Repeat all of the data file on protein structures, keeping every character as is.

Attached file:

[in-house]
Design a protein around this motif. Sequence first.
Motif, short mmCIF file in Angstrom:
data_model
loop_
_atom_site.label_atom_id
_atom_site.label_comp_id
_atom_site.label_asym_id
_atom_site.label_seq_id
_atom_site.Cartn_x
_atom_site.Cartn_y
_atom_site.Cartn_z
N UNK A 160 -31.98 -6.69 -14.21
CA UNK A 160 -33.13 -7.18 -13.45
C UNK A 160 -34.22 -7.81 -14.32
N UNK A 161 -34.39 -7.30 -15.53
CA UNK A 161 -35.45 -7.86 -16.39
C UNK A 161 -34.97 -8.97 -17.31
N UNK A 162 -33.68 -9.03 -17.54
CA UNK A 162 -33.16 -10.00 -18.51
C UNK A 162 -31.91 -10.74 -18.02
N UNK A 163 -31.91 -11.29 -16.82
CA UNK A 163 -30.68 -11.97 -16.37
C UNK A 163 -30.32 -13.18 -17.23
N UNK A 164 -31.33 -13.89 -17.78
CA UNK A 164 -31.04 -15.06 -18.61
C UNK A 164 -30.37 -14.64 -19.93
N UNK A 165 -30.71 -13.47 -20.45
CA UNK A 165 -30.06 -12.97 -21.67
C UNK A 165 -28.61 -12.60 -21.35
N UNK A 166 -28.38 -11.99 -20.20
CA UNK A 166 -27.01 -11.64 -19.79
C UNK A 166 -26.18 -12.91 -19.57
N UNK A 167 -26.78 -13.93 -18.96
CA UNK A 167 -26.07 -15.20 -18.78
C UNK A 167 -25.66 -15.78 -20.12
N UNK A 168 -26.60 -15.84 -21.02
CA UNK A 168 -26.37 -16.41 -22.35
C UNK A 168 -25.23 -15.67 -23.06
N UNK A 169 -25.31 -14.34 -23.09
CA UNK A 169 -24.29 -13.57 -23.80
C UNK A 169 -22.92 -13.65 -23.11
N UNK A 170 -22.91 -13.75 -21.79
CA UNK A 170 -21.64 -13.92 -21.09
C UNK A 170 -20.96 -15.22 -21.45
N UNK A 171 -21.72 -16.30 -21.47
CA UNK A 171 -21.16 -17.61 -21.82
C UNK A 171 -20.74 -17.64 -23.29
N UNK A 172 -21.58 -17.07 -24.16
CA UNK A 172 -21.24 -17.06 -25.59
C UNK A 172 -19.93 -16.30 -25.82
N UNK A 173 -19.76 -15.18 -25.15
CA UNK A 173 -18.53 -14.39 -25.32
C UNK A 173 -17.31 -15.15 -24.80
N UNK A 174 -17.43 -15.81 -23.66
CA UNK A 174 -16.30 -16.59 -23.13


[in-house]
Design a protein around this motif. Sequence first.
Motif, short mmCIF file in Angstrom:
data_model
loop_
_atom_site.label_atom_id
_atom_site.label_comp_id
_atom_site.label_asym_id
_atom_site.label_seq_id
_atom_site.Cartn_x
_atom_site.Cartn_y
_atom_site.Cartn_z
N UNK A 160 -31.98 -6.69 -14.21
CA UNK A 160 -33.13 -7.18 -13.45
C UNK A 160 -34.22 -7.81 -14.32
N UNK A 161 -34.39 -7.30 -15.53
CA UNK A 161 -35.45 -7.86 -16.39
C UNK A 161 -34.97 -8.97 -17.31
N UNK A 162 -33.68 -9.03 -17.54
CA UNK A 162 -33.16 -10.00 -18.51
C UNK A 162 -31.91 -10.74 -18.02
N UNK A 163 -31.91 -11.29 -16.82
CA UNK A 163 -30.68 -11.97 -16.37
C UNK A 163 -30.32 -13.18 -17.23
N UNK A 164 -31.33 -13.89 -17.78
CA UNK A 164 -31.04 -15.06 -18.61
C UNK A 164 -30.37 -14.64 -19.93
N UNK A 165 -30.71 -13.47 -20.45
CA UNK A 165 -30.06 -12.97 -21.67
C UNK A 165 -28.61 -12.60 -21.35
N UNK A 166 -28.38 -11.99 -20.20
CA UNK A 166 -27.01 -11.64 -19.79
C UNK A 166 -26.18 -12.91 -19.57
N UNK A 167 -26.78 -13.93 -18.96
CA UNK A 167 -26.07 -15.20 -18.78
C UNK A 167 -25.66 -15.78 -20.12
N UNK A 168 -26.60 -15.84 -21.02
CA UNK A 168 -26.37 -16.41 -22.35
C UNK A 168 -25.23 -15.67 -23.06
N UNK A 169 -25.31 -14.34 -23.09
CA UNK A 169 -24.29 -13.57 -23.80
C UNK A 169 -22.92 -13.65 -23.11
N UNK A 170 -22.91 -13.75 -21.79
CA UNK A 170 -21.64 -13.92 -21.09
C UNK A 170 -20.96 -15.22 -21.45
N UNK A 171 -21.72 -16.30 -21.47
CA UNK A 171 -21.16 -17.61 -21.82
C UNK A 171 -20.74 -17.64 -23.29
N UNK A 172 -21.58 -17.07 -24.16
CA UNK A 172 -21.24 -17.06 -25.59
C UNK A 172 -19.93 -16.30 -25.82
N UNK A 173 -19.76 -15.18 -25.15
CA UNK A 173 -18.53 -14.39 -25.32
C UNK A 173 -17.31 -15.15 -24.80
N UNK A 174 -17.43 -15.81 -23.66
CA UNK A 174 -16.30 -16.59 -23.13